Using this A/B test method, there’s no fear in drastically reducing your conversion rates.

    4. Usability tests (to improve user experience):

    Many of the frustrations users have with websites is that they don’t seem to find what they’re looking for.

    In simple terms, it’s hard to move around, and the website doesn’t function as it should.

    Conducting A/B tests help you find out which variation reduces user frustration and improves user experience on your website.

    Categories of A/B Test You Can Carry Out On WordPress.

    Suppose you’ve typed this term types of A/B tests you can carry out on WordPress on Google; you’ll be bombarded with articles that prescribe different types of tests ranging from button color tests, copy tests, design tests, etc.

    There’s absolutely nothing wrong with these tests, they are valid tests, but not every test has the same impact on a site’s conversion rate.

    From the work we’ve done for clients here at Invesp, we’ve identified categories of A/B tests that cover the known A/B tests and unpopular tests.

    1. Element Level testing:

    This is the first level of A/B tests, and it’s the easiest. You can test a headline against a variation, a different button copy or color, etc.

    Element level testing requires the least effort, it’s the easiest to implement, and it has the most negligible impact on your bottom line most of the time.

    2. Page-level testing:

    This is a step harder than element-level testing. You’re removing things from the page; you move things around, introduce new things on the page, etc. You’ll want to spend 60 – 70% of your time here because it can get more complex.

    FigPii Heatmaps

    3. Visitors flow testing: 

    This is one of the more complex tests to carry out. When conducting this A/B test, you want to change how a visitor navigates through your WordPress site e.g, a single-step checkout vs. a multiple-step checkout. Getting a winner here can significantly impact your bottom line.

    4. Messaging:

    This is an interesting test because it could span multiple elements and pages on your website. The hard work in this type of A/B test is not the actual A/B test but figuring out the messaging and making sure it’s consistent and there’s no disconnect between the pages and elements.

    5. Element emphasis:

    This A/B test seeks to answer the question of how often you want to emphasize an element. Questions like do I need to show this element once? When do I have to show this element? etc. This A/B test also requires some thinking.

    How To Perform A/B Testing On WordPress.

    To perform an A/B test on your WordPress website, you need a Google Analytics account and an A/B testing platform.

    The reason for Google analytics is because;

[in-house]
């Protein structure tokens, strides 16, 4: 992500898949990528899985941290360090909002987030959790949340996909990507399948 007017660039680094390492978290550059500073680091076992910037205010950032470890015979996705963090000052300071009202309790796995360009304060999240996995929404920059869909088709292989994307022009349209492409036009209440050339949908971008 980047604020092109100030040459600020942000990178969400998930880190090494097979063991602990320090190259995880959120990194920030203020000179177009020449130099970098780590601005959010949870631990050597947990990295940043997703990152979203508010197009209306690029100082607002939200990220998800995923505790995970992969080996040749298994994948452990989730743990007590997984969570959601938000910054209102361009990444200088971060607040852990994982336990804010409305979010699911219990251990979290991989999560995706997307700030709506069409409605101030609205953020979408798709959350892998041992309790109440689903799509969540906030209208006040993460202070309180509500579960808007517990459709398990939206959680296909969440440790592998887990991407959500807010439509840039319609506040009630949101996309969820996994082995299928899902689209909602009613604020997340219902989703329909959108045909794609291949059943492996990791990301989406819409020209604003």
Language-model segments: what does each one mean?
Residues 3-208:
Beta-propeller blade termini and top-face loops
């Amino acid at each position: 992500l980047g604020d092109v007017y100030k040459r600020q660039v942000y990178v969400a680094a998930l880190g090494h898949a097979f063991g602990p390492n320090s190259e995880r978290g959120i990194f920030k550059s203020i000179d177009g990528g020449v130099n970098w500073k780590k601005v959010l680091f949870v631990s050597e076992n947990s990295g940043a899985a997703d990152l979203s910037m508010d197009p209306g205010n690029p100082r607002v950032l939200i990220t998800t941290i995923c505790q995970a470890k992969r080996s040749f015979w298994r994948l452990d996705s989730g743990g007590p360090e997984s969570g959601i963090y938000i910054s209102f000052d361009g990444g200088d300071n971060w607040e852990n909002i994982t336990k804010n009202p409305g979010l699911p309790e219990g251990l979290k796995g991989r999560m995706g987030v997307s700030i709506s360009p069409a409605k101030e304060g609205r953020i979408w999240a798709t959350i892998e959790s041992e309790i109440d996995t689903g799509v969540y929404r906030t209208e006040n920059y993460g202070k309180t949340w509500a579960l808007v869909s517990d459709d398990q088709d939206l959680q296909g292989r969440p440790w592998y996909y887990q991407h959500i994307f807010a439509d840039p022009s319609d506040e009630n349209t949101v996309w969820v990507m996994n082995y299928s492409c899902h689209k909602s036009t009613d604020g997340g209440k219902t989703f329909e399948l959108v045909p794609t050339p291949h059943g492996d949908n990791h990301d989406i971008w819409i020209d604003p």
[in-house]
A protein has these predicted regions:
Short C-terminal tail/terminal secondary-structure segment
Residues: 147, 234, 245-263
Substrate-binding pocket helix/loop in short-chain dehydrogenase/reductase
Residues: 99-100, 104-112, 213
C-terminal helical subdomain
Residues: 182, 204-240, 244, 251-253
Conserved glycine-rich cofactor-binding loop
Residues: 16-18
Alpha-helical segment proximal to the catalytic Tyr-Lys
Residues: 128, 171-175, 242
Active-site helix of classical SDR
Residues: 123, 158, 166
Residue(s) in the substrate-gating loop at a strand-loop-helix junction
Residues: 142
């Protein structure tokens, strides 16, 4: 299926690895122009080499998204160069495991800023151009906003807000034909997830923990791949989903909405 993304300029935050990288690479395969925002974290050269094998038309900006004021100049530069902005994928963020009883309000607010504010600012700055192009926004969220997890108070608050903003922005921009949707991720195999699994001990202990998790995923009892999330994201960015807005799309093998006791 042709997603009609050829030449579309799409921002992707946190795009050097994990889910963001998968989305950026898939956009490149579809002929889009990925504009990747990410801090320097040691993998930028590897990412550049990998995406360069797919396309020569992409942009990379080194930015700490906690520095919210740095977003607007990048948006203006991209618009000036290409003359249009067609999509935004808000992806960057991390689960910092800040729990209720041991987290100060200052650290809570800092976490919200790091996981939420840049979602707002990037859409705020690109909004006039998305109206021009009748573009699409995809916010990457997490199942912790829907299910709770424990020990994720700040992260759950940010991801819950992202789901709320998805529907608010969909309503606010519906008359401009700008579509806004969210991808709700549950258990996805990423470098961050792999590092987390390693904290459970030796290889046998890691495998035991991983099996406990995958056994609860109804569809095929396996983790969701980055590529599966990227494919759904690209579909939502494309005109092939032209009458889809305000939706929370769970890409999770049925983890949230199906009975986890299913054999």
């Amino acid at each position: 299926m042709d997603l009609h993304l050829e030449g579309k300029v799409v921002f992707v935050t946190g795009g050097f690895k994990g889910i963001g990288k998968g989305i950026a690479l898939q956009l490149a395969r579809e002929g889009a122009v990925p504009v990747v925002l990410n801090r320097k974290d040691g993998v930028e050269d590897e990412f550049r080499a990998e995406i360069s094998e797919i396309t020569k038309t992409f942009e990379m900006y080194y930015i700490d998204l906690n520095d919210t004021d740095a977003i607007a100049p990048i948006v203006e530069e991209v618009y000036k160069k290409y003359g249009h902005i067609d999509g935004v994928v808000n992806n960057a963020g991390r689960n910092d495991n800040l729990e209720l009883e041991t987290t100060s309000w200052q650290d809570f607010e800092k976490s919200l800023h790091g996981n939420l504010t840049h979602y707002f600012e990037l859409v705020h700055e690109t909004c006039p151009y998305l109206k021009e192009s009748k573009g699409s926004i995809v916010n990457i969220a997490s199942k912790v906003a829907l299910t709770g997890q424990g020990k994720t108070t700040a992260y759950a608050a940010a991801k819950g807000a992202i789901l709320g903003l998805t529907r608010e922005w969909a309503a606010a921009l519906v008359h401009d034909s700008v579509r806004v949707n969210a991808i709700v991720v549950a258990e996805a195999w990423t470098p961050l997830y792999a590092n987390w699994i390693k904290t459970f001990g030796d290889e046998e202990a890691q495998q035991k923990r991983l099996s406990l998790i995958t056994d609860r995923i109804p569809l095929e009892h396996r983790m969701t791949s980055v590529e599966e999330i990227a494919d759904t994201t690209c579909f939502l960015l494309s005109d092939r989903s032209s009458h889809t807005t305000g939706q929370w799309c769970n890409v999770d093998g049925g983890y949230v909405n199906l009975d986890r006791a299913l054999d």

1. You can add more goals in custom reports on Google analytics and track them. Most A/B testing platforms are limited in their flexibility to add additional goals and track them.

    2.. GA already hosts much of the data concerning your user behavior, and you can use it to validate the data you get from your A/B testing platform.

    3. You can dive deeper into the reported data from your A/B testing platform, e.g, if a variation had more revenue per user, you can look closely at metrics like average cart value or average quantity to find out why.

    4. You can create a segment for each test variation and see how different audiences interact and respond to different test variations.

    When choosing an A/B testing platform, dozens of small businesses prefer using Google Optimize at first because it has a free version.

    This free version is limited because it allows you to run only five experiments simultaneously.

    I’ll look at the free version of the Optimize tool later, but in this section, I’ll be touching on a different tool, Figpii.

    Figpii is an A/B testing platform that helps you better understand customer and user behavior by running A/B tests, viewing heatmaps and session recordings, and conducting polls and surveys.

    The reason for choosing Figpii when there are a lot of A/B testing platforms out there is because;

    1. It has a 14-day free trial period on all the plans. You don’t sign up with your credit card, no restrictions on the number of experiments you can run, or traffic size, unlike other tools that don’t have a free period, or if they do, it’s limited.

    2. Figpii was developed by conversion optimization experts with over 16 years of experience.

    3. Minimal validity threats to your A/B tests, unlike other tools that are prone to flicker effect and other validity threats.